Iran nuclear talks: Delays in agreement blamed on repeated consultation with Supreme Leader Ayatollah Ali Khamenei

The 75-year-old has demanded that an agreement with Western powers must be followed by the ending of economic sanctions

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The Independent Online

The need for Ayatollah Ali Khamenei to be consulted on almost every aspect of a deal is partly to blame for the slow pace of  negotiations over Iran’s nuclear programme, diplomatic sources have said.

Talks entered a seventh day with assurances that a historic agreement was within reach, but also warnings that failure may lead to a fracturing of international consensus on the issue.

The US said that the talks were coming to an end, at least as far are it was concerned. White House spokesman Josh Earnest said: “The time has come for Iran to make some decisions.”

The Iranian delegation has had to repeatedly refer back to Tehran for clearance amid continuing uncertainty among the Western powers about the stance of Ayatollah Khamenei, the sources said.

In recent messages on social media, the 75-year-old Supreme Leader has demanded that an agreement must be followed by the ending of economic sanctions and his country being allowed to carry out research unfettered.

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The reactor building at the Russian-built Bushehr nuclear power plant in Busheh (Getty)

The Western powers in the international negotiating team are not prepared to agree to such measures. Earlier this month, in an address to commemorate the Persian New Year, Ayatollah Khamenei insisted: “Removal of sanctions will happen immediately when the deal is reached ... otherwise, we will not agree.”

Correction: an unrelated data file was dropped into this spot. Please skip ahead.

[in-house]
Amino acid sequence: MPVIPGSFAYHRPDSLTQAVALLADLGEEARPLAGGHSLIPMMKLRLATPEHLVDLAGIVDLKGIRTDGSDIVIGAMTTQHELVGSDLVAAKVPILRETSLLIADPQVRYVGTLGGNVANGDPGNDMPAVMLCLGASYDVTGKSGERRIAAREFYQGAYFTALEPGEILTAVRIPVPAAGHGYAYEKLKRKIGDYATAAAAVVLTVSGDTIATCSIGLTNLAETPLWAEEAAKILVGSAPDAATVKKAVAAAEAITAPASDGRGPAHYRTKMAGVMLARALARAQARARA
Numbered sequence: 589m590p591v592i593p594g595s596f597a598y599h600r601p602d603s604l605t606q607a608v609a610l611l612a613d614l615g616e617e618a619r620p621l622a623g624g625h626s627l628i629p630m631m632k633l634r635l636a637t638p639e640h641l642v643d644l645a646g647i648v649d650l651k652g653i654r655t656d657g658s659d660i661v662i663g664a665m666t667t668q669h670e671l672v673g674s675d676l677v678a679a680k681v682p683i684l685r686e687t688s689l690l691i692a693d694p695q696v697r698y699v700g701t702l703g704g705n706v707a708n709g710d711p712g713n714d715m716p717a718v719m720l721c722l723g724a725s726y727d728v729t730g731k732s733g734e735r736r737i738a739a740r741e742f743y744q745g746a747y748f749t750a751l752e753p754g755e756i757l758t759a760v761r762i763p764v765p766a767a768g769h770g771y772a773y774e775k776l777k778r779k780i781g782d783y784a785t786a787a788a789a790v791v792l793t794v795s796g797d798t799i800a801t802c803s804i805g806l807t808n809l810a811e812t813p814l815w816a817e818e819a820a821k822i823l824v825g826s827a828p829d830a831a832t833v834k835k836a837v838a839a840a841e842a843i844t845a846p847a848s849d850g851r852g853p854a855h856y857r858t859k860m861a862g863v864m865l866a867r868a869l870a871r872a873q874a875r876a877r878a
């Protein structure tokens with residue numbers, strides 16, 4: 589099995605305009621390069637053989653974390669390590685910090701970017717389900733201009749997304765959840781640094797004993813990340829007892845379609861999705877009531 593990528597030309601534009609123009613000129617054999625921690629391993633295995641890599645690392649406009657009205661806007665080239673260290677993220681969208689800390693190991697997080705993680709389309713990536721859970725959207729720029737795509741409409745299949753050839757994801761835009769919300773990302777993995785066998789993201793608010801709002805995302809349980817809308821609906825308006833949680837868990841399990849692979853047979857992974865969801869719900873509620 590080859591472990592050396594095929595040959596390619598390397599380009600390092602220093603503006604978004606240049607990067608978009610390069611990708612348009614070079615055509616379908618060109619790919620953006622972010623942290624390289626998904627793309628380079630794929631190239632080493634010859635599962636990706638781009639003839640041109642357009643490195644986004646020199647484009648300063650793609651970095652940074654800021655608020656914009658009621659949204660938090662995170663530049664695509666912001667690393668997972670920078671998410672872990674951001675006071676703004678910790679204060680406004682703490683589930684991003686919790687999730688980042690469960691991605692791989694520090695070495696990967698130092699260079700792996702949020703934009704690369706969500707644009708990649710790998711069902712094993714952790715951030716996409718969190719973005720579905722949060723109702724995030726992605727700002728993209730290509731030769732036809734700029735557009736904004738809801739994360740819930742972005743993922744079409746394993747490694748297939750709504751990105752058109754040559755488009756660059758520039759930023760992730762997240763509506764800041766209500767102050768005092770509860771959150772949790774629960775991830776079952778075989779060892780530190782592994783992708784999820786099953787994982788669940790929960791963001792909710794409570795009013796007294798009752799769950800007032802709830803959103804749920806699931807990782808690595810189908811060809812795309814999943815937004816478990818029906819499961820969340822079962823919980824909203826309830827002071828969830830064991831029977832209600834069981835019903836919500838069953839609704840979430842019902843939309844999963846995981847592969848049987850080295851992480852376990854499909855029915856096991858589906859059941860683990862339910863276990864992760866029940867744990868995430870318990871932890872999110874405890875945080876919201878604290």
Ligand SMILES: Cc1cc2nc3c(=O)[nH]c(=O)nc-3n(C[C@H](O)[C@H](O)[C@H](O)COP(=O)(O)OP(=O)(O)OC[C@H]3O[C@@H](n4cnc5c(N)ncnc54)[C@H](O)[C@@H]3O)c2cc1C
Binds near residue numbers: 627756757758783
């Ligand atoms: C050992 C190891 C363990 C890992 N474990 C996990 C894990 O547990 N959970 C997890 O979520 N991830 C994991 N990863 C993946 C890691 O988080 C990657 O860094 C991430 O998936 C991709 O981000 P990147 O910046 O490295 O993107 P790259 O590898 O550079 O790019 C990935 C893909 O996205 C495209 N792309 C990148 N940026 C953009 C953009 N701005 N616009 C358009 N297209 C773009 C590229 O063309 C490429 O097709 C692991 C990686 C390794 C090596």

The senior Iranian negotiator Abbas Araghchi stated: “We hope to wrap up the talks … [but] we insist on the lifting of financial, oil and banking sanctions immediately… We insist on keeping research with advanced centrifuges.”

There were contradictory views between the P5+1 group of US, UK, Russia, France, Germany and China over the extent of progress in Lausanne after the Tuesday deadline passed without a deal.

Both the British and Russian foreign secretaries, Philip Hammond and Sergei Lavrov, indicated that a framework for an agreement has been established. Mr Hammond said: “We have a broad framework of understanding, but there are still some key issues that we have to work through.”

Mr Lavrov maintained that a general accord has been reached on “all key aspects” which can be fine-tuned in June. “One can say with enough confidence that ministers have reached a general agreement on all key aspects of a final settlement.”

 

But Laurent Fabius, the Foreign Minister of France, said: “Yes, things have progressed, but not enough that we can reach an immediate deal. ”

There was a sombre warning from the Chinese delegation. “If the talks are stuck then all previous efforts to resolve Iran’s nuclear stand-off will have been wasted,” said the Foreign Minister, Wang Yi.

While there would be tremendous opposition to lifting American sanctions among Barack Obama’s Republican opponents, there is also the possibility that failure may mean that Russia, China and India may not support the continuation of UN sanctions.

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